Wednesday, April 1, 2020

Response to a Midsummer Nights Dream free essay sample

I grew interested in the play’s conflict, since it seems modern day typical. I, for one, enjoy watching love stories and dramas. This play, served just that purpose. Reading of the avenged lover’s, Hermia and Lysander, plan to run into the forest to marry seemed likely to be seen on a Wednesday night, 9:00PM, drama series. Which, I absolutely love! Then, the play takes a twist from reality. Helena acquires information related to Hermia and Lysander’s plan to marry, which provides her initiative to tell Demetrius. She intends on winning back the love of Demetrius. The two of them go out in search of the Lysander and Hermia, and find that they’ve all landed themselves in a forest filled with â€Å"fairies. † When introduced to the idea of fairies, I was a bit distraught. I was filled with enjoyment because the plot seemed so realistic! Discouraged from reading the play, I found myself wondering, what on earth could be the position of these fairies in the forest? Noticing that I was wondering about the fairies, made me realize that I actually was interested; otherwise I wouldn’t be thinking about it. We will write a custom essay sample on Response to a Midsummer Nights Dream or any similar topic specifically for you Do Not WasteYour Time HIRE WRITER Only 13.90 / page What a premeditated man Shakespeare is! These fairies were passionate about disrupting the love affairs of surrounding humans. Ha! He just made it more interesting. By entrance into the fairy-infested woods, the romantic lives of these couples converted to very complicated. Oberon, the King, and Titania, the Queen of all the forest fairies lead and direct Puck, or Robin, as he achieves his mischievous tactics. Oberon, decided upon mismatching the lovers as a consequence for their disturbance. He refers Puck to the power of a magical, love-bringing flower. A flower that can literally teach someone to love, why can’t we have that in real life? Puck, being clumsily skillful, uses the magic against the wrong person! He played the magic trick on Lysander instead of Demetrius, the intended target. As a result, he falls in love with the first person he see’s after awakening, Helena. Trying to undo his mistake, Puck makes Demetrius fall in love with Helena as well. Hermia is now very upset. He created pure chaos, and just the way I like it. Firstly, I am not a fan of the comedy in this play. However, Shakespeare casually, yet competently, creates a mix of humor and love. The artisans are portrayed as foolish while imitating the play of â€Å"Pyramis and Thysby. They mock words in the play, for instance when Bottom says, â€Å"Thisbe, the flowers of odious savors sweet—,† Quince corrects him with, â€Å"Odors,† â€Å"odors. † â€Å"Odious† is another word for unpleasant, while â€Å"odors† pertains to the fragrant smell of â€Å"sweet† flowers. It makes me snicker at the th ought of messing up a line so simple and a word so ironic from it’s original. Yet it feels unrelated and sort of disconnects my thought from the play. I will however say, the thought of the Athenian’s head turning into that of an Ass is a bit amusing. I find that humor is necessary when writing works filled with such seriousness and drama, it just happens to be that I am not a fan. I found this play exciting and pleasantly full of drama. Shakespeare’s works of literature are all fabulous in many different ways through use of common themes such as love and dreams. The love of these couples was at first true, but then foolishly played around with. Hermia felt mocked by Lysander and Demetrius, a feeling that most females often feel when men act in this manner. She was accustomed to these men being in love with her, and then they suddenly were in love with Helena. By morning Puck is able to undo all the spells, making all well again. They engage in a group wedding, marrying Helena and Demetrius, and Lysander and Hermia. The end of the play involves the fairies sprinkling dust to protect these couples in the future. Puck also remains to ask for forgiveness and to remember the play as though it was all a dream. The theme of love and dreams combine in this play making it an excellent eye-opener. Sometimes, things must happen for all to go the way one pleases. I enjoyed this play from beginning to end because of its realistic encounters mixed with the ideas fantasy.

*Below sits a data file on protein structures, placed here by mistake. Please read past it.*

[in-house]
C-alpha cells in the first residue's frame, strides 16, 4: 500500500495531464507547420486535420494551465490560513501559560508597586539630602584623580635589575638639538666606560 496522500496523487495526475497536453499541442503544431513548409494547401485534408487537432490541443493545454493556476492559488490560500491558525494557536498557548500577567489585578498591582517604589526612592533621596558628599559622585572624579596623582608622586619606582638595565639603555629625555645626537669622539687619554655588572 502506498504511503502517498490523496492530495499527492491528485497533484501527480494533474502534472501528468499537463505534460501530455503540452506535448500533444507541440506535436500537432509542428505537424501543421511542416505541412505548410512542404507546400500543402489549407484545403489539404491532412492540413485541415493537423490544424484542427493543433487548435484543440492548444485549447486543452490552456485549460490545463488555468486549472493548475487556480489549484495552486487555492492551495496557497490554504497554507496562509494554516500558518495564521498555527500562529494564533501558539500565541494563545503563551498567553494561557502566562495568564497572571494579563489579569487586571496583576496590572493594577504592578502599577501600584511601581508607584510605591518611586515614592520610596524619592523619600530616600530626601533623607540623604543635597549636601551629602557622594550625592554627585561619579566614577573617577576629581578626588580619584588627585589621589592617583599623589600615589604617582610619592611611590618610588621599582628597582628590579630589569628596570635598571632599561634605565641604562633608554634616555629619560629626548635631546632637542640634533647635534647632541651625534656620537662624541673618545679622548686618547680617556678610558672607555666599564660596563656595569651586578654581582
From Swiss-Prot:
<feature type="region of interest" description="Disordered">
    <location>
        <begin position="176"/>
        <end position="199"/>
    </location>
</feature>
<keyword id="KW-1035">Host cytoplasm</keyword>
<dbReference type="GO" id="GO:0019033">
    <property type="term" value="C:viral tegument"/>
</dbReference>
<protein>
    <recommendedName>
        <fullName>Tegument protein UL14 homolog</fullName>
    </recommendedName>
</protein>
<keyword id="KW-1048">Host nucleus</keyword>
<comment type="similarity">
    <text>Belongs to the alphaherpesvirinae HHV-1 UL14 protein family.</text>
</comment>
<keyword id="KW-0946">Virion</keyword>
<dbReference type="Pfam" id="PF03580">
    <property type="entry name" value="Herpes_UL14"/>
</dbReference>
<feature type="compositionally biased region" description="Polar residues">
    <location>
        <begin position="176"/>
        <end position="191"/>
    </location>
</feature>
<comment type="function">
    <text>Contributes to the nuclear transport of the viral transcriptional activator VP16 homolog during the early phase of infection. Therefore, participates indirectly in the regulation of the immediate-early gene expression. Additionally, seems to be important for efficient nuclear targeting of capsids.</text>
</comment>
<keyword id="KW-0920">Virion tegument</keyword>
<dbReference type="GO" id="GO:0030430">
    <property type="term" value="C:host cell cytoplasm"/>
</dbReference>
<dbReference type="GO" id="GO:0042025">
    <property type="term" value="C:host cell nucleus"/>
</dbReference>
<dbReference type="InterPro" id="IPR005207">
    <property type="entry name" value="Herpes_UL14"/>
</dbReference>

Saturday, March 7, 2020

buy custom A Conceptualization and Treatment Plan essay